The absolute Graal, in scalability, is linear scalability. Linear
scalability means you will have your process running twice as fast when you
double the amount of resources you allocate to it. It’s the very comfortable
zone where, when faced with a 2000hr.core compute, you can get your result
using on one single core for 2000 hours, or in one hour by using 2000 cores,
*at the same cost*. In terms of our normalized efficiency measure, ideally,
it should not depend on the number of nodes we use.

So let’s see how this figures behave when we change the number of hosts. Note that the worker count need to be adjusted on the way. The optimum seems to be at number-of-cores - 1 for small cluster, and down to a fraction of the number-of-cores (around one third) for the bigger cluster configuration I have tried. Intuitively, as the cluster grows, there is more stuff to be exchanged with peers, so the worker thread count (that the parameter control) has to be reduced to leave more space to the background networking thread.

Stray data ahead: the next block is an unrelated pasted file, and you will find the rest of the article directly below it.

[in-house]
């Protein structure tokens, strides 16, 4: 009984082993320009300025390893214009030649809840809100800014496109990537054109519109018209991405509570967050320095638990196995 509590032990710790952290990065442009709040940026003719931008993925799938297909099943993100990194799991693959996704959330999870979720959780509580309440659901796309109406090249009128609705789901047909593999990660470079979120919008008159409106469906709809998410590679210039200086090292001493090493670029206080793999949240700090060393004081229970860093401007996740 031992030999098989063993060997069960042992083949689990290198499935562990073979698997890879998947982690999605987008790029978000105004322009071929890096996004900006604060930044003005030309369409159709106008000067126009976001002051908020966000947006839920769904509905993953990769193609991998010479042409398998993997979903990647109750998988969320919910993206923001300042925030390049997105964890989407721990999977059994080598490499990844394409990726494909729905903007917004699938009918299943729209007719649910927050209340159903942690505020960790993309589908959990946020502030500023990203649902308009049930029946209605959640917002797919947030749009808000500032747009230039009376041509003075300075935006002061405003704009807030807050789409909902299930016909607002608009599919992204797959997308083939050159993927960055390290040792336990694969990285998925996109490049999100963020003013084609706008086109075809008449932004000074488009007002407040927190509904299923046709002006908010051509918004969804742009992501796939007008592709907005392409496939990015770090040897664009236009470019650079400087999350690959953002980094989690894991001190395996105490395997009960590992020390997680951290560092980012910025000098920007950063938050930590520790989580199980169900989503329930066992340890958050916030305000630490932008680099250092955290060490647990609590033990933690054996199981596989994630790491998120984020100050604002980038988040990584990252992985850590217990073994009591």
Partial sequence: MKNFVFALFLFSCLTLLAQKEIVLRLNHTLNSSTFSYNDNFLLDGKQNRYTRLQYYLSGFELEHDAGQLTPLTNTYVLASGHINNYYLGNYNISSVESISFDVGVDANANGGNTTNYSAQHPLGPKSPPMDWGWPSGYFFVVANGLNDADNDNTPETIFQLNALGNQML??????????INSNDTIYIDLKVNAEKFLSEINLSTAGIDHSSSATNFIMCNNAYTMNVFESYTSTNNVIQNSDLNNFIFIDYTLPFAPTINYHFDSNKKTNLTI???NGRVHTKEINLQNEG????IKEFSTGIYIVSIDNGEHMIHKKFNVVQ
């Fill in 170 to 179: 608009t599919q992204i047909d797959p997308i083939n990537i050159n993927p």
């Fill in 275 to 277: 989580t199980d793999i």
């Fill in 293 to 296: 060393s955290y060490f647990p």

This is for the 5*c3.8xlarge cluster. The lines show the duration of the process, the bars are cost-efficiency comparing to RedShift.

and this is for the 20*m3.xlarge.

Now what is very nice about the second graph is, the height of the efficiency bars is nearly constant after five nodes. It means we are not very far from the Graal of linear scalability. The c3.xlarge graph is less nice-looking, but we may just be in the initial zone of the graph, where the cost of going distributed is still being amortized. I have not tried testing with more nodes, because 1/ these beasts are not cheap, 2/ accuracy is becoming a factor in the time measure as the running time get shorter and shorter.

## Recap

So what can we learn with these experiments on ec2?

- timely dataflow allows us to go distributed with a very reasonable development overhead
- timely implementation is lean. Despite introducing abstraction, the standalone test is better than an ad-hoc implementation — alternative explanation: I’m really bad at this
- despite being young, timely has a very decent efficiency response in this use case.

So there is lot of potential here. Somebody *needs* to make BigData tools
in Rust :)

Rust and BigData series: